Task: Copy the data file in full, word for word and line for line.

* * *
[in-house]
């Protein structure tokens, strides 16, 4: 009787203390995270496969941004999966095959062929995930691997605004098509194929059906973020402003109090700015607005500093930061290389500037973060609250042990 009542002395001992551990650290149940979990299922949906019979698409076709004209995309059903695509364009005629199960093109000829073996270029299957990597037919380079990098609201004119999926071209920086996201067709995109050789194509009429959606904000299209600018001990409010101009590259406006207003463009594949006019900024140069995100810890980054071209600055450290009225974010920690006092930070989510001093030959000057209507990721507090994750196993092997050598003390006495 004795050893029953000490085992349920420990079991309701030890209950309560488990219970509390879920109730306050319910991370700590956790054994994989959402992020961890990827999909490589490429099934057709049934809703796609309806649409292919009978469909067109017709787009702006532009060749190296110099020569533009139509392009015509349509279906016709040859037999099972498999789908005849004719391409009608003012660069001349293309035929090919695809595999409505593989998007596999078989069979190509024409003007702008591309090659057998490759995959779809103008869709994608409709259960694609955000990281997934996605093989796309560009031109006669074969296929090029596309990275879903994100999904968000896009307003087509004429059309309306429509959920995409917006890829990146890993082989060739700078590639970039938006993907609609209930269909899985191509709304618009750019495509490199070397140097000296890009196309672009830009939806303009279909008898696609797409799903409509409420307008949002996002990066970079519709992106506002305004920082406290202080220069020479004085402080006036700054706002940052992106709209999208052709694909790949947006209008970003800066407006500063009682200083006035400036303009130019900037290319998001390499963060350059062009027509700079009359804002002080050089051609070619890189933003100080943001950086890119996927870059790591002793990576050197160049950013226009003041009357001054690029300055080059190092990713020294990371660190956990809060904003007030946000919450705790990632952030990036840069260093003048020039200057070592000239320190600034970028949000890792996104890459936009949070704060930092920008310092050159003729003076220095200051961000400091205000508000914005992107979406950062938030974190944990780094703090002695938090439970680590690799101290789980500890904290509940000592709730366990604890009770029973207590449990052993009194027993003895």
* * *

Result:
[in-house]
């Protein structure tokens, strides 16, 4: 009787203390995270496969941004999966095959062929995930691997605004098509194929059906973020402003109090700015607005500093930061290389500037973060609250042990 009542002395001992551990650290149940979990299922949906019979698409076709004209995309059903695509364009005629199960093109000829073996270029299957990597037919380079990098609201004119999926071209920086996201067709995109050789194509009429959606904000299209600018001990409010101009590259406006207003463009594949006019900024140069995100810890980054071209600055450290009225974010920690006092930070989510001093030959000057209507990721507090994750196993092997050598003390006495 004795050893029953000490085992349920420990079991309701030890209950309560488990219970509390879920109730306050319910991370700590956790054994994989959402992020961890990827999909490589490429099934057709049934809703796609309806649409292919009978469909067109017709787009702006532009060749190296110099020569533009139509392009015509349509279906016709040859037999099972498999789908005849004719391409009608003012660069001349293309035929090919695809595999409505593989998007596999078989069979190509024409003007702008591309090659057998490759995959779809103008869709994608409709259960694609955000990281997934996605093989796309560009031109006669074969296929090029596309990275879903994100999904968000896009307003087509004429059309309306429509959920995409917006890829990146890993082989060739700078590639970039938006993907609609209930269909899985191509709304618009750019495509490199070397140097000296890009196309672009830009939806303009279909008898696609797409799903409509409420307008949002996002990066970079519709992106506002305004920082406290202080220069020479004085402080006036700054706002940052992106709209999208052709694909790949947006209008970003800066407006500063009682200083006035400036303009130019900037290319998001390499963060350059062009027509700079009359804002002080050089051609070619890189933003100080943001950086890119996927870059790591002793990576050197160049950013226009003041009357001054690029300055080059190092990713020294990371660190956990809060904003007030946000919450705790990632952030990036840069260093003048020039200057070592000239320190600034970028949000890792996104890459936009949070704060930092920008310092050159003729003076220095200051961000400091205000508000914005992107979406950062938030974190944990780094703090002695938090439970680590690799101290789980500890904290509940000592709730366990604890009770029973207590449990052993009194027993003895």